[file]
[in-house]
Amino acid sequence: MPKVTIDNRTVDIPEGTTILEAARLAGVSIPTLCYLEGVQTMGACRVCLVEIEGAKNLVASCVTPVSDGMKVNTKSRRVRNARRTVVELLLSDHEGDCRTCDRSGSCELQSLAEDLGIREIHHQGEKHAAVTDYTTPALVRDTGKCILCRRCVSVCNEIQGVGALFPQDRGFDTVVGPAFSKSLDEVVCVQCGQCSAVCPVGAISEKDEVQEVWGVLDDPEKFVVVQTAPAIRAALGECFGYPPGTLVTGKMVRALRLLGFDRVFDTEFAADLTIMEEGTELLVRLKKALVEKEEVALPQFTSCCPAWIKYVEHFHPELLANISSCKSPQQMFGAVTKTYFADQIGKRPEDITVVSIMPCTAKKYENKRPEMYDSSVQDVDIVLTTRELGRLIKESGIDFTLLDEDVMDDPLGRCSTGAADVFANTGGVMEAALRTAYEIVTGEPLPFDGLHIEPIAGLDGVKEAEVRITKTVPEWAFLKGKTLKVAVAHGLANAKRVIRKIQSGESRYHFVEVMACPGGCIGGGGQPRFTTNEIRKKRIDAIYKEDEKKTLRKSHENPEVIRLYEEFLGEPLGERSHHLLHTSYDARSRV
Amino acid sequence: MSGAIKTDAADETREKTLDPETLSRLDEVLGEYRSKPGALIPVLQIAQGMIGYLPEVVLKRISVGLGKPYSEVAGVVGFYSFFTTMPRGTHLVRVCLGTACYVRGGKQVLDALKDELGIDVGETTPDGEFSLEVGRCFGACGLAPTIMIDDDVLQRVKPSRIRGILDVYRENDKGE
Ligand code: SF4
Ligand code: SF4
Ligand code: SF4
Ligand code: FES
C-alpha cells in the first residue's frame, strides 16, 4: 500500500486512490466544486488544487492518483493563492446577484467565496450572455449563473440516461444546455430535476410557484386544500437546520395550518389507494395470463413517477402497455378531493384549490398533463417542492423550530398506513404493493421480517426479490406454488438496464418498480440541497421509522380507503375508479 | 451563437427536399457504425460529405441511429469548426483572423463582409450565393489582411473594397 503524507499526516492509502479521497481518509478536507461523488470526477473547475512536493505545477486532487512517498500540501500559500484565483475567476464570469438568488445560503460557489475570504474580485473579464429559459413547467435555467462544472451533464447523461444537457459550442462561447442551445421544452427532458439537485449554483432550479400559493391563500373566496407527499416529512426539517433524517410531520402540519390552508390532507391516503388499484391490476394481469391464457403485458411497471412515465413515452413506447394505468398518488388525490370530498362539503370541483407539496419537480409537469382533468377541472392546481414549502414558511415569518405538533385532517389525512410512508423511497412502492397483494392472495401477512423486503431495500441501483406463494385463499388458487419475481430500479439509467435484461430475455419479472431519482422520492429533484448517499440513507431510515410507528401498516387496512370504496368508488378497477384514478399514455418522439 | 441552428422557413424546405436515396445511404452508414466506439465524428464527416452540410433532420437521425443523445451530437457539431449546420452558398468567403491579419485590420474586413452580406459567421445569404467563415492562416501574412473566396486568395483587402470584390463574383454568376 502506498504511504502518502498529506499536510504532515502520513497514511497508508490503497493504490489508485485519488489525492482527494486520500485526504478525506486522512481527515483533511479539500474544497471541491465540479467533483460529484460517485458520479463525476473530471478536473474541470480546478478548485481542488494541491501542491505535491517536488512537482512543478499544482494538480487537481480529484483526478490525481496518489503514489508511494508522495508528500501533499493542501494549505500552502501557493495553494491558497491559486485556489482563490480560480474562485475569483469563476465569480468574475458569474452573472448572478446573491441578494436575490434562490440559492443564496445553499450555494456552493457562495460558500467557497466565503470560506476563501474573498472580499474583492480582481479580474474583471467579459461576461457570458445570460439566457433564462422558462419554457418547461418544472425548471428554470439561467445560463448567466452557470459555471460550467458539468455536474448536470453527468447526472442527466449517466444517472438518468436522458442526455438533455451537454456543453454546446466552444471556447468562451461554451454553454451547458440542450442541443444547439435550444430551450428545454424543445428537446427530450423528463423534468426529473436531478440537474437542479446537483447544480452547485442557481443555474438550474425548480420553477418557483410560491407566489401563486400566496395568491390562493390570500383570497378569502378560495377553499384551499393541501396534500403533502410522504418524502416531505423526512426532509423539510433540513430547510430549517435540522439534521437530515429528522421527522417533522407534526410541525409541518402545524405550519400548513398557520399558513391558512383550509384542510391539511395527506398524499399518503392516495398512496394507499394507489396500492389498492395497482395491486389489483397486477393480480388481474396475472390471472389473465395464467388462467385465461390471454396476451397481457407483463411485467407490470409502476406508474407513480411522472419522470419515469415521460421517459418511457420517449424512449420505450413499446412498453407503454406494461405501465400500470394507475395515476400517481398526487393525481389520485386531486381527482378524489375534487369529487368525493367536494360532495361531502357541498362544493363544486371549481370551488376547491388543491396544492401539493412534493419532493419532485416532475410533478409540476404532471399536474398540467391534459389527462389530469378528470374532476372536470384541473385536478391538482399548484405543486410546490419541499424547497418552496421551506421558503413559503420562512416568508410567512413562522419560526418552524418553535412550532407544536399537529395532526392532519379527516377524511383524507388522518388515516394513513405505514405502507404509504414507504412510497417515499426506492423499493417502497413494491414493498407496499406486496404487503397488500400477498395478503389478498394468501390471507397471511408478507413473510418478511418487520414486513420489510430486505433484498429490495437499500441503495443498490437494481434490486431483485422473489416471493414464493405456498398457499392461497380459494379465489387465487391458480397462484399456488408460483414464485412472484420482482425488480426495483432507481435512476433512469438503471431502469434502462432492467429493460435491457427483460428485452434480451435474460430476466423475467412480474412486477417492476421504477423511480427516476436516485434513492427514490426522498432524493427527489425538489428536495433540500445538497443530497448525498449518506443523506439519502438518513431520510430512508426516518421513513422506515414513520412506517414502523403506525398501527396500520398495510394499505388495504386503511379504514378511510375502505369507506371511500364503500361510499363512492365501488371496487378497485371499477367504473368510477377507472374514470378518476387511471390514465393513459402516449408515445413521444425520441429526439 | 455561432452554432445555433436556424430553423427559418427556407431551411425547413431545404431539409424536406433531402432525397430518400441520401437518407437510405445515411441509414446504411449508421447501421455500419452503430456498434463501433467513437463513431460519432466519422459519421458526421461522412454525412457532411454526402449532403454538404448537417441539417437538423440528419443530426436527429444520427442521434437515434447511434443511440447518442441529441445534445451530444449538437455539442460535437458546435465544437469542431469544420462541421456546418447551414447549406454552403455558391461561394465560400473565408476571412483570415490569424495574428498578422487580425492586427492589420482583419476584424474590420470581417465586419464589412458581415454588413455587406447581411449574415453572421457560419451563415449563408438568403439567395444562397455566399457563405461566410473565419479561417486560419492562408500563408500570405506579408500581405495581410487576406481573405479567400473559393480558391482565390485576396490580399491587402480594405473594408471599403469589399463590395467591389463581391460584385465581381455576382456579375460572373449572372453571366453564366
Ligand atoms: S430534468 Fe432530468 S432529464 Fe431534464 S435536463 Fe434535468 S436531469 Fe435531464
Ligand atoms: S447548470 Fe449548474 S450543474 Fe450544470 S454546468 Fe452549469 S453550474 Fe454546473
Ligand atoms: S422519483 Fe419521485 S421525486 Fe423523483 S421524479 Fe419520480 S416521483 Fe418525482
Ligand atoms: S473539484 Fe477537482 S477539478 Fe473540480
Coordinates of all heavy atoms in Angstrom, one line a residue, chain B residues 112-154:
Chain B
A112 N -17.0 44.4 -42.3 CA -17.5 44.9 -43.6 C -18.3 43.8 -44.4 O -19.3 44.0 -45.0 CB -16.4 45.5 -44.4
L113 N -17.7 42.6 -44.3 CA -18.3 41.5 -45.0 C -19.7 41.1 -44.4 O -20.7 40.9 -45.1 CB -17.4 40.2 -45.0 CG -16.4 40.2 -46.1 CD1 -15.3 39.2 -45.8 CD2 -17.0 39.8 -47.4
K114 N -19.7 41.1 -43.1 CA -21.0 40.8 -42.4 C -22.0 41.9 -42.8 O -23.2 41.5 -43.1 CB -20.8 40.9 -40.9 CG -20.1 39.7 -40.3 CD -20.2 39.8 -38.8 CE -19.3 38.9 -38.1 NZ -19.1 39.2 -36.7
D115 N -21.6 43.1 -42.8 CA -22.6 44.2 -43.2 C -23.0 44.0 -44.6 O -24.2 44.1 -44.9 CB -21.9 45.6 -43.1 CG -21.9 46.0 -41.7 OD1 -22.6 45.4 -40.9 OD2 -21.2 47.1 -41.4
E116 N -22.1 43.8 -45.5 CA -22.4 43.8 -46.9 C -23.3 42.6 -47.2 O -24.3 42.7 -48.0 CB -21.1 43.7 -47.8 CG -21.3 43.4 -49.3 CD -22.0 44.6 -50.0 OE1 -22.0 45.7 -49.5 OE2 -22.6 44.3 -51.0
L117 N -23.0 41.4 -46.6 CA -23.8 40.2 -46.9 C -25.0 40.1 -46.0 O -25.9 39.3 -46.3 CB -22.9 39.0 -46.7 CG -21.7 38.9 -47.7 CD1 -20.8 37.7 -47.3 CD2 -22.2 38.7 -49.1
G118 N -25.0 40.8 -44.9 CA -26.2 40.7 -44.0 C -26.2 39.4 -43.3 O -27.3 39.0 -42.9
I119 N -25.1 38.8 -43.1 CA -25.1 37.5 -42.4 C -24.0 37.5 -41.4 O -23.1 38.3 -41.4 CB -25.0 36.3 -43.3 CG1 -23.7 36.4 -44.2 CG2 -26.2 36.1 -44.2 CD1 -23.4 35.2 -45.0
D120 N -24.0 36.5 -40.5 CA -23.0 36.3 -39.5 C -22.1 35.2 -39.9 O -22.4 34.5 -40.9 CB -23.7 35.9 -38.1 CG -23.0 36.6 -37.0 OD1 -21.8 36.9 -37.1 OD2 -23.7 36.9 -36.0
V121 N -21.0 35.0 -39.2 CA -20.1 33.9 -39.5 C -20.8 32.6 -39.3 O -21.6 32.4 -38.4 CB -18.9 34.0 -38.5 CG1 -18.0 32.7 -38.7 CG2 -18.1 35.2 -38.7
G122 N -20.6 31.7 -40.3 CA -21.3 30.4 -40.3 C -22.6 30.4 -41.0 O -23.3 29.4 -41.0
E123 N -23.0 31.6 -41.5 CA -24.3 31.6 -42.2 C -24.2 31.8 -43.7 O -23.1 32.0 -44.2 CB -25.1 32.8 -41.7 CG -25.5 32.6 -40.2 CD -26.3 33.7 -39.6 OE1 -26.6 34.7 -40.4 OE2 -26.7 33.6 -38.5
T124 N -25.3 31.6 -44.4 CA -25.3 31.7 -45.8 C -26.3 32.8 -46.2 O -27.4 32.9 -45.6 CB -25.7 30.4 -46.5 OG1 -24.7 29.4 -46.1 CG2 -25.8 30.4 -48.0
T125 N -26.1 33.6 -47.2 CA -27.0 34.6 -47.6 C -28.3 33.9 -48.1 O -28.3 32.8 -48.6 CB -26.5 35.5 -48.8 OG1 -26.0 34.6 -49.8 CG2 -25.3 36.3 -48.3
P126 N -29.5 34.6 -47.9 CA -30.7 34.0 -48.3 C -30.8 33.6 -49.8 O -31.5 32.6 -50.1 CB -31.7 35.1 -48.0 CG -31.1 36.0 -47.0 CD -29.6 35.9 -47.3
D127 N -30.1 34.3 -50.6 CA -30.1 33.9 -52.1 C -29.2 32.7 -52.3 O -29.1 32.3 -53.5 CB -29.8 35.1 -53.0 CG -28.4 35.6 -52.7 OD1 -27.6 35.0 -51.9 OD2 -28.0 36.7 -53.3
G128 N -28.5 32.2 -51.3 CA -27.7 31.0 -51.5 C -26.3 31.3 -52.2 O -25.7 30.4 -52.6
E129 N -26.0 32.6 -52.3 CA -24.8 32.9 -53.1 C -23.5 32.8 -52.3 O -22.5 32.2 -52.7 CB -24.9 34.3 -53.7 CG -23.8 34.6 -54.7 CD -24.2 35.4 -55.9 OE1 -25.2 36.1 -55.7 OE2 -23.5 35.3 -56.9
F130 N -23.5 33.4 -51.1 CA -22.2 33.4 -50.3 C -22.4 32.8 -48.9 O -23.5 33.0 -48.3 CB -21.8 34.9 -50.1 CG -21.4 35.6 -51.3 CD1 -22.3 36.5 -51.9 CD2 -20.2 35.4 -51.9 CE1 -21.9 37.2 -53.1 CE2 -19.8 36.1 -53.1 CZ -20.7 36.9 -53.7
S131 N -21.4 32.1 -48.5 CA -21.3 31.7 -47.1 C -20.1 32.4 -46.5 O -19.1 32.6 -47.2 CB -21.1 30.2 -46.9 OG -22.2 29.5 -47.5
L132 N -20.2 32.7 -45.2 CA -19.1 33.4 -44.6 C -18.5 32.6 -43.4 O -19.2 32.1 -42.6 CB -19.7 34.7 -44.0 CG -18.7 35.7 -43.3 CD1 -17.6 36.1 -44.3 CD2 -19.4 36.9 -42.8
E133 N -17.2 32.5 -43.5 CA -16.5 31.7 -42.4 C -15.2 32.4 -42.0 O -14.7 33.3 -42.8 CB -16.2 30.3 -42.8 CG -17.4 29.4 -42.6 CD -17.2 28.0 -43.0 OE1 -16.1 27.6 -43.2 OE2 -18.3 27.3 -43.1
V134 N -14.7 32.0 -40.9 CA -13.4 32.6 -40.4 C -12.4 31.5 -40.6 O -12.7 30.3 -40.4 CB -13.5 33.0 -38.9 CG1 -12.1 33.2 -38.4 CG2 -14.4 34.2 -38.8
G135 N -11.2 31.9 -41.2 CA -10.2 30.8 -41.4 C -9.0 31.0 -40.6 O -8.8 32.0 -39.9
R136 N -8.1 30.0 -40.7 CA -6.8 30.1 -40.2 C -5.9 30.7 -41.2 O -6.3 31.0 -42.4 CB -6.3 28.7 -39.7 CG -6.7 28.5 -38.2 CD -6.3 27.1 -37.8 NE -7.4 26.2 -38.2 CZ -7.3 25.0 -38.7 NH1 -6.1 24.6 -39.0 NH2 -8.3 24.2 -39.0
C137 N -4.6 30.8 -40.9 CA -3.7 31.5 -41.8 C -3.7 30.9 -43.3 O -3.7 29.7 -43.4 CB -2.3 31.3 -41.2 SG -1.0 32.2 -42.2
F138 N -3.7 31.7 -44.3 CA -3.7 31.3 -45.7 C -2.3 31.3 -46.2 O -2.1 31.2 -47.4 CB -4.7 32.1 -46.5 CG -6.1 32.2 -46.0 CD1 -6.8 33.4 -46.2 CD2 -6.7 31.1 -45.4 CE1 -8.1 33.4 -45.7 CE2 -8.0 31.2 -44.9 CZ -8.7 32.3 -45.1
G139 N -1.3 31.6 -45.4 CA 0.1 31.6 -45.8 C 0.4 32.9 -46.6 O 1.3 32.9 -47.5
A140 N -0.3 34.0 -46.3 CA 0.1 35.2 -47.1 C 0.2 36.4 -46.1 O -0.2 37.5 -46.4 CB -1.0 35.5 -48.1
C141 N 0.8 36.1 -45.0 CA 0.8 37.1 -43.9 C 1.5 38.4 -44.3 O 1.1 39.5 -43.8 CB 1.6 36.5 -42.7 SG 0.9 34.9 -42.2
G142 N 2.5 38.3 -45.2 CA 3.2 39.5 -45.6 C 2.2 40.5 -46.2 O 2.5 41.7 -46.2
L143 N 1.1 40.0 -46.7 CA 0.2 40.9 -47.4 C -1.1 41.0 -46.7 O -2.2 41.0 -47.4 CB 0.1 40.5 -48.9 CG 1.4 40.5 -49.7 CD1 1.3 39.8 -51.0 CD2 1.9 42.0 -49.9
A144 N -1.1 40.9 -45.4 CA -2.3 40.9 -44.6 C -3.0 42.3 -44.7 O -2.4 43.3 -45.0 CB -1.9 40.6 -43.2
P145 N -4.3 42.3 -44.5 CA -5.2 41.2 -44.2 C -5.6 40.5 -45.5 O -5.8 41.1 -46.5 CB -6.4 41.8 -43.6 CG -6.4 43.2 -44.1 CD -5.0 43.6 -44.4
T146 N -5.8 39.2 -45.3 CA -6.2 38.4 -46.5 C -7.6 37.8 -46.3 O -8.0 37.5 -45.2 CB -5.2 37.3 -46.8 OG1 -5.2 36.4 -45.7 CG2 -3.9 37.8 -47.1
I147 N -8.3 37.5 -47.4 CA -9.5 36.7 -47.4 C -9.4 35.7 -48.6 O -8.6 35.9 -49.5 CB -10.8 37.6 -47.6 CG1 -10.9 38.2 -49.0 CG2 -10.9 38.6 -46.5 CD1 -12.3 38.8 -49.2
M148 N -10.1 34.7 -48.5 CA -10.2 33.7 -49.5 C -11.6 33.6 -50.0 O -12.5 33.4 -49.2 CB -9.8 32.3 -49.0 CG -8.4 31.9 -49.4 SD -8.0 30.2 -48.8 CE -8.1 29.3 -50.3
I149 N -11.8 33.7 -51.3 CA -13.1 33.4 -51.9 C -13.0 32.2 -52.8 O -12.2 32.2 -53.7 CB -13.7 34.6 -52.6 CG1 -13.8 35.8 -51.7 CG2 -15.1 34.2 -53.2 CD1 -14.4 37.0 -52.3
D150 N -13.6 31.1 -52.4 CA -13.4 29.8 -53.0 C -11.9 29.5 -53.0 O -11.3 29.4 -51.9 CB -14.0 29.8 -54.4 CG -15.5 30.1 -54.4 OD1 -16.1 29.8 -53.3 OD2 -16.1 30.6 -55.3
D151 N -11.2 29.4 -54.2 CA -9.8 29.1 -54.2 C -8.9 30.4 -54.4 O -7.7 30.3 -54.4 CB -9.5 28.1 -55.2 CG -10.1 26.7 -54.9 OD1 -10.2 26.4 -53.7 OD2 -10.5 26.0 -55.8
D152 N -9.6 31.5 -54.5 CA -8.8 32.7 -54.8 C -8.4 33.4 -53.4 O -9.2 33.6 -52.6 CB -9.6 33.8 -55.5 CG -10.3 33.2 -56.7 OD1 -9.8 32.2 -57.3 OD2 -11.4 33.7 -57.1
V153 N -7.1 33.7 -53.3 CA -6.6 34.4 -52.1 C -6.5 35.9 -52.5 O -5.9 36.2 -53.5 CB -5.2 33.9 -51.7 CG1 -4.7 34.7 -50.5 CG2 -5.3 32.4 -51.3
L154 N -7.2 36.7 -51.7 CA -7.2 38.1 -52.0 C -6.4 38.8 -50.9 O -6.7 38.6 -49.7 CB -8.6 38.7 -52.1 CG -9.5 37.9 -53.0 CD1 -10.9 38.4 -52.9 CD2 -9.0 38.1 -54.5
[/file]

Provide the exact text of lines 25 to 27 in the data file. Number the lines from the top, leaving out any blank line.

G122 N -20.6 31.7 -40.3 CA -21.3 30.4 -40.3 C -22.6 30.4 -41.0 O -23.3 29.4 -41.0
E123 N -23.0 31.6 -41.5 CA -24.3 31.6 -42.2 C -24.2 31.8 -43.7 O -23.1 32.0 -44.2 CB -25.1 32.8 -41.7 CG -25.5 32.6 -40.2 CD -26.3 33.7 -39.6 OE1 -26.6 34.7 -40.4 OE2 -26.7 33.6 -38.5
T124 N -25.3 31.6 -44.4 CA -25.3 31.7 -45.8 C -26.3 32.8 -46.2 O -27.4 32.9 -45.6 CB -25.7 30.4 -46.5 OG1 -24.7 29.4 -46.1 CG2 -25.8 30.4 -48.0